What’s the status of guerrilla street art in Vancouver?

0 Posted by - May 26, 2010 - Blog, Public art, Visual art

Jerm IX and Vegas just want to see more public street art in Vancouver. In the tradition of the world’s greatest graffiti artists, these two prolific tricksters have one big goal — to fill up sad, blank spaces in our city with thoughtful (and sometimes controversial) words and art. True to their word, Jerm and Vegas have spent a great deal of their free time pasting, hammering and spraying various eye-catching statements and graphics on every neglected space they can find.

Most recently, the artists have collaborated to bring their art-based dialogues to one of the most public spaces of all — the Skytrain — in a campaign aptly entitled V-TARP (Vancouver Transit Adspace Re-Appropriation Project). With over 35 installations already applied on Skytrain ads across the city, you may have noticed something a little different during your daily subconscious ad-scanning routines. Imagine this: next to one of those endless, ingratiating McDonald’s ads, a smaller ad-sized block of text that declares “I’M NOT LOVIN’ IT.” If this makes you pause and think, it has done its job.

On a sunny, humid afternoon about a week ago, I sat down with the artists themselves at W2 to discuss their opinions on the status of the guerrilla/street art scene in today’s Vancouver. Somehow, I felt they just might know a thing or two about the topic.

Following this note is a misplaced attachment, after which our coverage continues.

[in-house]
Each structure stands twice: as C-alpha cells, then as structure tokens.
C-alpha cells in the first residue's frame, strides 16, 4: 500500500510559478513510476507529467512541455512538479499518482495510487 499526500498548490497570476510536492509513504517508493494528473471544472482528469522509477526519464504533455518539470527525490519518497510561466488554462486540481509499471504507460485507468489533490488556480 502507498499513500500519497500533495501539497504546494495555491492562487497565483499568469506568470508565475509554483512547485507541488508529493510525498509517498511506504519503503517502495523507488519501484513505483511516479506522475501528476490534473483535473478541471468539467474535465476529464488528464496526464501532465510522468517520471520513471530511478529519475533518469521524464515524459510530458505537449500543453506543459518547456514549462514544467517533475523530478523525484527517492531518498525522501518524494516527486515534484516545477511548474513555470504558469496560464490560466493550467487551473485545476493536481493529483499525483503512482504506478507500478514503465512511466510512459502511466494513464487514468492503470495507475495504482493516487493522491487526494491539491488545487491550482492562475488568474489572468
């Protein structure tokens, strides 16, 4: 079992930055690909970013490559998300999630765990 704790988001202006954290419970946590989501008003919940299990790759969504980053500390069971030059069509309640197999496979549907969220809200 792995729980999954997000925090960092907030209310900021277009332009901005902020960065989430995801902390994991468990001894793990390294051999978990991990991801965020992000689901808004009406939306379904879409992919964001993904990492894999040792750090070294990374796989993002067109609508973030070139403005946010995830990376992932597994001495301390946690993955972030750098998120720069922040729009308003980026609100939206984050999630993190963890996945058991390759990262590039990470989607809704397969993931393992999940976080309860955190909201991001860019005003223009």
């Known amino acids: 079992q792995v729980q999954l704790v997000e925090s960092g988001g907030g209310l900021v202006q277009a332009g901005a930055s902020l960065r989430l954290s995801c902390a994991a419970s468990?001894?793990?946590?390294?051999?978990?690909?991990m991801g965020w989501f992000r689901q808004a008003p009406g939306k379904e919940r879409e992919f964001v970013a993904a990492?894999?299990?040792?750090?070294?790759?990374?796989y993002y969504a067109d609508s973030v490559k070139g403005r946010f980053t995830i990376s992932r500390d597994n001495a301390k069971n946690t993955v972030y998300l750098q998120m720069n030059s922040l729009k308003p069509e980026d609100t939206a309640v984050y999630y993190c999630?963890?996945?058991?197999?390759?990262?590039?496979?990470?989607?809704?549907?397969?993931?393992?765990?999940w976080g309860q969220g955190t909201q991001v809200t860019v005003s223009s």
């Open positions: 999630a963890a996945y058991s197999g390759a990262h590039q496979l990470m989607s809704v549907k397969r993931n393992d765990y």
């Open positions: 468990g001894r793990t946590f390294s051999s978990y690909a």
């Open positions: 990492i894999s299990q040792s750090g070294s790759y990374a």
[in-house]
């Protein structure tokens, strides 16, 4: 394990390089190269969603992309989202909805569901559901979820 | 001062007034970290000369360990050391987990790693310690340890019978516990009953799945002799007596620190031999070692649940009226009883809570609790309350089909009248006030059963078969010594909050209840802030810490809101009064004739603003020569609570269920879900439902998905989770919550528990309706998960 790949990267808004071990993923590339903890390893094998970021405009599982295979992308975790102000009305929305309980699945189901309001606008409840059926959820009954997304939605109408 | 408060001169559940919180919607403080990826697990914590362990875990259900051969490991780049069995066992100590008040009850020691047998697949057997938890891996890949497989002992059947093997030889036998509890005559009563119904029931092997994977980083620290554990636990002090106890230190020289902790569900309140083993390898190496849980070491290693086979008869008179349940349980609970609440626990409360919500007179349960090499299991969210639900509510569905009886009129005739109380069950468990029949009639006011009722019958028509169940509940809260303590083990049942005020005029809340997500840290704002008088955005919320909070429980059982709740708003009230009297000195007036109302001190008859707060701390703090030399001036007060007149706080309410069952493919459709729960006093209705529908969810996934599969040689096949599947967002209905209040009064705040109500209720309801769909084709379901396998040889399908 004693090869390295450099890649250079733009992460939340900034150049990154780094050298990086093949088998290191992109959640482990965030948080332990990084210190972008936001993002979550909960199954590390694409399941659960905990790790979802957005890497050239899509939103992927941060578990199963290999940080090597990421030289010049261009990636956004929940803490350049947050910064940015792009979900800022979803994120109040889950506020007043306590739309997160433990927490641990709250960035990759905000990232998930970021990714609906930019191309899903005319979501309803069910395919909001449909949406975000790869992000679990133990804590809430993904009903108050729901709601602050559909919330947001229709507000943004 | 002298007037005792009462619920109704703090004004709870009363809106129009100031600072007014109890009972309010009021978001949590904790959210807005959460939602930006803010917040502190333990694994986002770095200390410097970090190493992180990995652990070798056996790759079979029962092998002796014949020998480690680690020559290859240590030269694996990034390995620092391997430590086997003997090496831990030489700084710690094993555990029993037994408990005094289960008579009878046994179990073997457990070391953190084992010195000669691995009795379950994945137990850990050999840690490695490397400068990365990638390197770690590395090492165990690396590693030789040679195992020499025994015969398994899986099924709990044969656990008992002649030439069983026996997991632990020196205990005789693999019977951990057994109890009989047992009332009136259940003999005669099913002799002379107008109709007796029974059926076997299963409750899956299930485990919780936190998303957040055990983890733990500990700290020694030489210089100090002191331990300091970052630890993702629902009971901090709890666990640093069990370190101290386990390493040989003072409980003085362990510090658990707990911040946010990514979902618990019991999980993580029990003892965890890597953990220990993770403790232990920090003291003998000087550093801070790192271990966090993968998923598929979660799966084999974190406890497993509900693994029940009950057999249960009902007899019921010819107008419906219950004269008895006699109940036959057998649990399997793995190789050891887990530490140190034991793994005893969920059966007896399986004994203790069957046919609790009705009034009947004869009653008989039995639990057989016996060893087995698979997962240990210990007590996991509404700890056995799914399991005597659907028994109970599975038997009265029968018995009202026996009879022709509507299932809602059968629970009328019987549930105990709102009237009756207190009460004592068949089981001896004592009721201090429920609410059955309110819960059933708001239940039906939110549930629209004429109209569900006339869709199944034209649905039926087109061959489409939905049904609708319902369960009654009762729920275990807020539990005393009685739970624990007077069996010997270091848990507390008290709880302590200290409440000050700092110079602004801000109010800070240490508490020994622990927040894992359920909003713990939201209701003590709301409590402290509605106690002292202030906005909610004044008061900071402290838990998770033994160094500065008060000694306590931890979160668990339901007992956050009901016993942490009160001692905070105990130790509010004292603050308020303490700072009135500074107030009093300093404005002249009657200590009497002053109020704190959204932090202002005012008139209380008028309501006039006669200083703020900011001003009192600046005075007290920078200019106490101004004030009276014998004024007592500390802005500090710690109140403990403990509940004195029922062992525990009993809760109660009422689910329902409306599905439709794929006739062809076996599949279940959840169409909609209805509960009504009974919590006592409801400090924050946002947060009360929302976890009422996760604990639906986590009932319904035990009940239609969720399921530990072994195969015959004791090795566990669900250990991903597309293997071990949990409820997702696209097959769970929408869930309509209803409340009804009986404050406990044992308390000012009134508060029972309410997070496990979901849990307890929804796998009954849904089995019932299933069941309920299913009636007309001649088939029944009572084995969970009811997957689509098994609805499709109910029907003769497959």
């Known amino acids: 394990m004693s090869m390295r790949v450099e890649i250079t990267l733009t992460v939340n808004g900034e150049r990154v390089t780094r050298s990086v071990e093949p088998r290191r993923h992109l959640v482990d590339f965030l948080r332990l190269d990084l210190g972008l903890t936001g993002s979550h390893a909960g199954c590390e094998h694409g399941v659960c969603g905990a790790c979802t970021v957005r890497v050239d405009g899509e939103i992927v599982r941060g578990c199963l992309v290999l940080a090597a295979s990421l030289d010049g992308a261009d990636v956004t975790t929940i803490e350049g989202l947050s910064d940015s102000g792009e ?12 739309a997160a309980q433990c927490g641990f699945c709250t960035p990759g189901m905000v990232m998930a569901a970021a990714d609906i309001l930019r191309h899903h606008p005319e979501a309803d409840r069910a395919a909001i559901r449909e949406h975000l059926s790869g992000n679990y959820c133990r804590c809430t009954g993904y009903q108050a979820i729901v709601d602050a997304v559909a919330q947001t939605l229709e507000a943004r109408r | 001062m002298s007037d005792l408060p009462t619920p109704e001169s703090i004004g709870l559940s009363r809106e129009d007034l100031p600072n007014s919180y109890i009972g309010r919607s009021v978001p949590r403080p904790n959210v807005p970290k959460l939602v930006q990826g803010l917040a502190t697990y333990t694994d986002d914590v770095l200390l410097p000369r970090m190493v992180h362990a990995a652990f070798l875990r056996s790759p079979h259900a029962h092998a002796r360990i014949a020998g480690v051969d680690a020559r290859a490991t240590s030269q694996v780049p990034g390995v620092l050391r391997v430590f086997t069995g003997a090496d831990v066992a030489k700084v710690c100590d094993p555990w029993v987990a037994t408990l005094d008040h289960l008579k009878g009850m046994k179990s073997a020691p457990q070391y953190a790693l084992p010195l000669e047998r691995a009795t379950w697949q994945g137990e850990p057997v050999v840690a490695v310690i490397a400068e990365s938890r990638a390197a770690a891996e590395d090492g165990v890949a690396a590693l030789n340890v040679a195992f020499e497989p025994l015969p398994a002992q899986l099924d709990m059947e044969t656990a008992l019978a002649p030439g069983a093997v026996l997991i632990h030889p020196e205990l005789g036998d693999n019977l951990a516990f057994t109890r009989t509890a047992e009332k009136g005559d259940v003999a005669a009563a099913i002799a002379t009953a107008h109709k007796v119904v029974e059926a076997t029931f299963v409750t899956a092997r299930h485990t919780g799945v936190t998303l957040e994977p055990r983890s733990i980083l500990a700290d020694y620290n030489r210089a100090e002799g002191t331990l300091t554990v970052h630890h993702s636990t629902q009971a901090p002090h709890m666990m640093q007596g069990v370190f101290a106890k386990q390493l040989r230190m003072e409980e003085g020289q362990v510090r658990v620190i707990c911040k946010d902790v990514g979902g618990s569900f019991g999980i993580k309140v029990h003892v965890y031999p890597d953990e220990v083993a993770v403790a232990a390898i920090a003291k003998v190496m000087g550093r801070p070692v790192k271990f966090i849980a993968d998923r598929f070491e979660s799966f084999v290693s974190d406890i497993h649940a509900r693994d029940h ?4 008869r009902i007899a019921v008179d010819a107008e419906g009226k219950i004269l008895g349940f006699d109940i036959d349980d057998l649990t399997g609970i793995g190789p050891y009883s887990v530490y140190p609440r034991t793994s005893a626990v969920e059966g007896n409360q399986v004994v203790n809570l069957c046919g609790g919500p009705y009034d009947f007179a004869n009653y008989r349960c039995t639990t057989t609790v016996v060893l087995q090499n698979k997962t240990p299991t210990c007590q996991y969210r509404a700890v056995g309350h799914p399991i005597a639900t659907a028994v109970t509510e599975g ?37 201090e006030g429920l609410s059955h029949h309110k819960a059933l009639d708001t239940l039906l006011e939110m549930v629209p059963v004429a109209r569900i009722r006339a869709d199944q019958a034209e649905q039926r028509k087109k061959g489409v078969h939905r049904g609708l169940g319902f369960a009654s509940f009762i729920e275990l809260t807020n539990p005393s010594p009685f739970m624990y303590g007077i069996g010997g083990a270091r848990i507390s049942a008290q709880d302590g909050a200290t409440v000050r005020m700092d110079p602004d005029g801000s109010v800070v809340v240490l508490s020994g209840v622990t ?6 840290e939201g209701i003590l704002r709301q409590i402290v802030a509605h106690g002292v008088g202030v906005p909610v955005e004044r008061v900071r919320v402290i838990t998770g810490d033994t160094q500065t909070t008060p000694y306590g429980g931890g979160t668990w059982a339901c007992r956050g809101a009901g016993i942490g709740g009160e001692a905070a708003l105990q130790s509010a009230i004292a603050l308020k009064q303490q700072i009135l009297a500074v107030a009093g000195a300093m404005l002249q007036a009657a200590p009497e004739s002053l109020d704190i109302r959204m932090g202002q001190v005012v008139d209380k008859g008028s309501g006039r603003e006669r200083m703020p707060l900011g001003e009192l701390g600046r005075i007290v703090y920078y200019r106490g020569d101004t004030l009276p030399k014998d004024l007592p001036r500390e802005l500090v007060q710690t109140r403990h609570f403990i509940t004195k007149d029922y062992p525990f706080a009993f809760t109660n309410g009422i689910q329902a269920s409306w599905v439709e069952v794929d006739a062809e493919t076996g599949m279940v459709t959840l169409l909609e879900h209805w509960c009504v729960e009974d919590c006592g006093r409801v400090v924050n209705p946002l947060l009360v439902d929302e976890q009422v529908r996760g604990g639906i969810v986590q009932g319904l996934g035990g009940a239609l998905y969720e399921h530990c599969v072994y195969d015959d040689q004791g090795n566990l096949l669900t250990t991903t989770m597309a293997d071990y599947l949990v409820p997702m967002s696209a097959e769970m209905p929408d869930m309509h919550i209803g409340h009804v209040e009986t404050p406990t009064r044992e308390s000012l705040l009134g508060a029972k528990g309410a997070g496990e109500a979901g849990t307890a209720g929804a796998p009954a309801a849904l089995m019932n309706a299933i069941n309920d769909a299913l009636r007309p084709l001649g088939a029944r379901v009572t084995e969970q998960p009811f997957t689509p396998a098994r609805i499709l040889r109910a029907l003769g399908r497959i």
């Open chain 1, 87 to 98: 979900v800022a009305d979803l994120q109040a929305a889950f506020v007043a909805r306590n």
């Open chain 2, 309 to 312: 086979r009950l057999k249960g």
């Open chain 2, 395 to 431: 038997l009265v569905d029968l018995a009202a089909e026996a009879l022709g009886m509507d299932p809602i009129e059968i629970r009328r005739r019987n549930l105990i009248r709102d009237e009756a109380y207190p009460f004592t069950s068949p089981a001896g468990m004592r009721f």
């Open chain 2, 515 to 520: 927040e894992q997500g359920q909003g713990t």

Is street art thriving here, I wondered? It seems like there are some truly beautiful mainstream/legal pieces being funded (such as the Paint Your Faith wall in that formerly-depressing empty lot on East Hastings) as well as some innovative (but less legal) installations inexplicably being erected at random locations. But what do these isolated examples say about the overall passion of local guerrilla/street artists here, about their motivations, about their experience and talent? It was time to ask the experts — especially because both Jerm IX and Vegas grew as fledgling street artists in cities other than Vancouver. So, how do we match up in comparison?

“The scene here is healthy,” Jerm IX responded after a pause. “However, it’s not thriving. The whole reason we are doing V-TARP is to try to inspire more people to use public spaces in this city more for art and their thoughts. There’s just not enough people doing it here yet — and the most talented artists don’t hit the streets that often — they are more into the gallery worlds… they’ve decided to spend their time making money, not decorating. For me, I’m out here doing it six days a week — I thrive on it — it’s my life. But I wish there was more.”

To read the rest and see some great photos, please visit Beyond Robson.

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